Picking dandelions early Saturday morning in your front yard is the sort of civic activity that gets you noticed. Joggers huff and puff down the sidewalk and momentarily crane sweaty necks to see what you’re up to. Neighbors walking dogs stop to talk in a disguised attempt to figure out what the hell you’re doing now, all the while wondering, Is he finally getting ready to mow his freakin’ junkshow of a lawn? Baby-strollers hurry past—that’s where those crazy people live…
Actually, in all honesty my neighbor Mike, a scientist getting ready to head off to the Arctic for three weeks to continue studying our doom, wandered over with Daisy (the poodle) to see what my daughter was shrieking about. (She’d found a slug.) Mike even plucked a dandy for me and gave it an expert twist to release the golden petals. He’s fairly forgiving of our lack of lawnmowing. Looking at our neighbor’s lawn and then ours, he said, “I always figured that was the fairway and this was the rough.” Rough is right. When I suggested there was something disturbing about the mania for weeding one of the most nutritious plants on the planet, he warily agreed (he’s a climate scientist after all!). People are crazy.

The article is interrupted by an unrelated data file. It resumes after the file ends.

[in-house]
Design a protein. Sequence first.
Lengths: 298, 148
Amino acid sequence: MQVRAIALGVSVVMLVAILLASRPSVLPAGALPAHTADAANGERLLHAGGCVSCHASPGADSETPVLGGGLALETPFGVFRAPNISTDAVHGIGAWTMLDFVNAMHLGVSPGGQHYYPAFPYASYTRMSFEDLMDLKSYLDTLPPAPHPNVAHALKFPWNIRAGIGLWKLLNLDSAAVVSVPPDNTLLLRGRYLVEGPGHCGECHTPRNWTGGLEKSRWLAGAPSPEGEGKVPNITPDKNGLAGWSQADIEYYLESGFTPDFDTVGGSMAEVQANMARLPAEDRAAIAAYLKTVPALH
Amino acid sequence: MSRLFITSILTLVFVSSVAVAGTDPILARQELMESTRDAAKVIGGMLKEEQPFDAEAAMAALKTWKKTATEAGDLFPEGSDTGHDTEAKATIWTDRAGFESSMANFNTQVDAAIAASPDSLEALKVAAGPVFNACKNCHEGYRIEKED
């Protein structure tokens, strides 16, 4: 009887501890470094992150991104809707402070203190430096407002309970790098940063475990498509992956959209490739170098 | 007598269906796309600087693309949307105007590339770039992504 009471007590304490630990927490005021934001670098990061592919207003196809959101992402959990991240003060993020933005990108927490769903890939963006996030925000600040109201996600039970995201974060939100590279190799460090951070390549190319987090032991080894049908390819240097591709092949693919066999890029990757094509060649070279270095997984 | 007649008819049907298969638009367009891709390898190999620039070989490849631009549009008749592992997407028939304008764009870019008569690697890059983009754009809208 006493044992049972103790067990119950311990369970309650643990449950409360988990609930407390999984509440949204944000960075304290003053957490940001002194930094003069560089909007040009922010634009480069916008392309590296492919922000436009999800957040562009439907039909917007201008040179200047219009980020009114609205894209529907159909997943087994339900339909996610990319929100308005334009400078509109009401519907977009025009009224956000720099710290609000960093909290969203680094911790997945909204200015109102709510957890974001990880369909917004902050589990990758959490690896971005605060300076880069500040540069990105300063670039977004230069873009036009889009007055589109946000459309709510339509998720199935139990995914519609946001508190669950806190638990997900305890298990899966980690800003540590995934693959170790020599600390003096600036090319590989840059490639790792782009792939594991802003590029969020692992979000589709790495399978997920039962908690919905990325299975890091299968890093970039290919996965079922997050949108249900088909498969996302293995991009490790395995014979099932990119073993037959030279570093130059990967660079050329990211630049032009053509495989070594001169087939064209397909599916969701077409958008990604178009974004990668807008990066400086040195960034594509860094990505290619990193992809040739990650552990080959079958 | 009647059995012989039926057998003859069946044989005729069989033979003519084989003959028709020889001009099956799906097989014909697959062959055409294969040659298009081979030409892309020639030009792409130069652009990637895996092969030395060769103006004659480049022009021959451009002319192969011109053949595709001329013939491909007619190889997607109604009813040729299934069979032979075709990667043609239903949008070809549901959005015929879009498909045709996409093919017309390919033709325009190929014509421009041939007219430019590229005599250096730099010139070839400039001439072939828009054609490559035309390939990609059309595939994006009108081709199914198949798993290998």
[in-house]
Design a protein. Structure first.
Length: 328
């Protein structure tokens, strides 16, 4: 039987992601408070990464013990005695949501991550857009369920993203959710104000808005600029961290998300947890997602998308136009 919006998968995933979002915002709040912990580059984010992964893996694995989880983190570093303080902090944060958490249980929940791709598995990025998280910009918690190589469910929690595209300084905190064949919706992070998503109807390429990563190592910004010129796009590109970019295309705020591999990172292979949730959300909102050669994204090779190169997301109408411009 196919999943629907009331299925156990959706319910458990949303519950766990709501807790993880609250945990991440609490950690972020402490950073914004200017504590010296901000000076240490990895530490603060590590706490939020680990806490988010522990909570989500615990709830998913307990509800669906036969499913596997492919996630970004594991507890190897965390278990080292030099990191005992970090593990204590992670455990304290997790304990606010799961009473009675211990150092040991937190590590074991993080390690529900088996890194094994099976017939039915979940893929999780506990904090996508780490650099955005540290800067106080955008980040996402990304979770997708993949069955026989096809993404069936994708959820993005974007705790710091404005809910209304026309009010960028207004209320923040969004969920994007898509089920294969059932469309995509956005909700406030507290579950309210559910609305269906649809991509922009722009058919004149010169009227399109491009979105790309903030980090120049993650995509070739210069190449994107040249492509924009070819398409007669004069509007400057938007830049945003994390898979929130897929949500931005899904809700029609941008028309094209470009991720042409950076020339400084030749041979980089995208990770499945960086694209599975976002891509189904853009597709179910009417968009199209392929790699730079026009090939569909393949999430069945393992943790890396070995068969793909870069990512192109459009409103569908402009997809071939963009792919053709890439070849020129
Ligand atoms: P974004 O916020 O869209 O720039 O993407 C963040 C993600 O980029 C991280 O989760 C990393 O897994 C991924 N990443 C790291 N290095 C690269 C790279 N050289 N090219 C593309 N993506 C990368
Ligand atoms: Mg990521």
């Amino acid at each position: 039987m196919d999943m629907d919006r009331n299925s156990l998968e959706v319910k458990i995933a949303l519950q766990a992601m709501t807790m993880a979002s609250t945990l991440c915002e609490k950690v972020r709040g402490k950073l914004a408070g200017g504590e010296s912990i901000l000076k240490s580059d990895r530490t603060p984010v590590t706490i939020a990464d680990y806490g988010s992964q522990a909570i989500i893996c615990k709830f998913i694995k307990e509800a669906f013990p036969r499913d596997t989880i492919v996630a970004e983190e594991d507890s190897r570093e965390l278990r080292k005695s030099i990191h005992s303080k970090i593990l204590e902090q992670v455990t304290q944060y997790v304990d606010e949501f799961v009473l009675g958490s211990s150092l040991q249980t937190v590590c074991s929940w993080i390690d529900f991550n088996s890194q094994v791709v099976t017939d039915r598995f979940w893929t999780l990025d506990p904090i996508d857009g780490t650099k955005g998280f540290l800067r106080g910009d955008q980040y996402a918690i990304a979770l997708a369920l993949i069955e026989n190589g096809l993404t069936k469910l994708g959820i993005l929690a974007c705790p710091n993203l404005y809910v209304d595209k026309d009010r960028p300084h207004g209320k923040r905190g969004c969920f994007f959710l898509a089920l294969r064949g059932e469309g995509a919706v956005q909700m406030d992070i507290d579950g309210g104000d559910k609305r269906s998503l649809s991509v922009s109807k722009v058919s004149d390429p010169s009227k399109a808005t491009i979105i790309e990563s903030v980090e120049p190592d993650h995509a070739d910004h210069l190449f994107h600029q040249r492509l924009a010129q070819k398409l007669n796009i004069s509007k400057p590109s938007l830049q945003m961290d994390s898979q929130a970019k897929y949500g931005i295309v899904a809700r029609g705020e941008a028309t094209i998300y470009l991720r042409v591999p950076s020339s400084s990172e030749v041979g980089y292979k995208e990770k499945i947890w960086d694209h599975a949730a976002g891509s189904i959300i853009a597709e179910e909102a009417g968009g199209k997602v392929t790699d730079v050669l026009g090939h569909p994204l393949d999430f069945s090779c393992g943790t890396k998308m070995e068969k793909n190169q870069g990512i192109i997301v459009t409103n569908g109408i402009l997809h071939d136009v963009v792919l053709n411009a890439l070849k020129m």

Then I paused for a while to watch a spotted towhee singing in the top of our hawthhorn tree. He’s a randy towhee for sure, and I hope he sticks around to raise a brood.
Anyway, the correct way to harvest dandelion petals is to pick them in the morning while they’re still closed and twist the petals away from the rest of the green flower head. A robust crop of flowers can give you a couple cups’ worth of petals in no time. Just watch out for any unwanted hitchhikers.
It’s peak dandelion petal time in Seattle. This is the time of year I make Dandy Bread, a favorite of the kids. After reading Molly (Orangette) Wizenberg’s wonderful new book, A Homemade Life, I took her advice and bought a simple oven thermometer that hangs from the rack. Loe and behold: Our oven was off by a cool 25 degrees! But I don’t think this is why my recipe posted last year (based on a Peter Gail recipe) seems to be a little too moist, so I’ve edited the original to a “scant 1 1/2 cups milk.” In other words, not quite a cup and a half. Otherwise it’s still easy and delicious, and a great way to make use of those nutrient-packed dandelion heads blooming all over town like an army of self-satisfied Cheshire cats.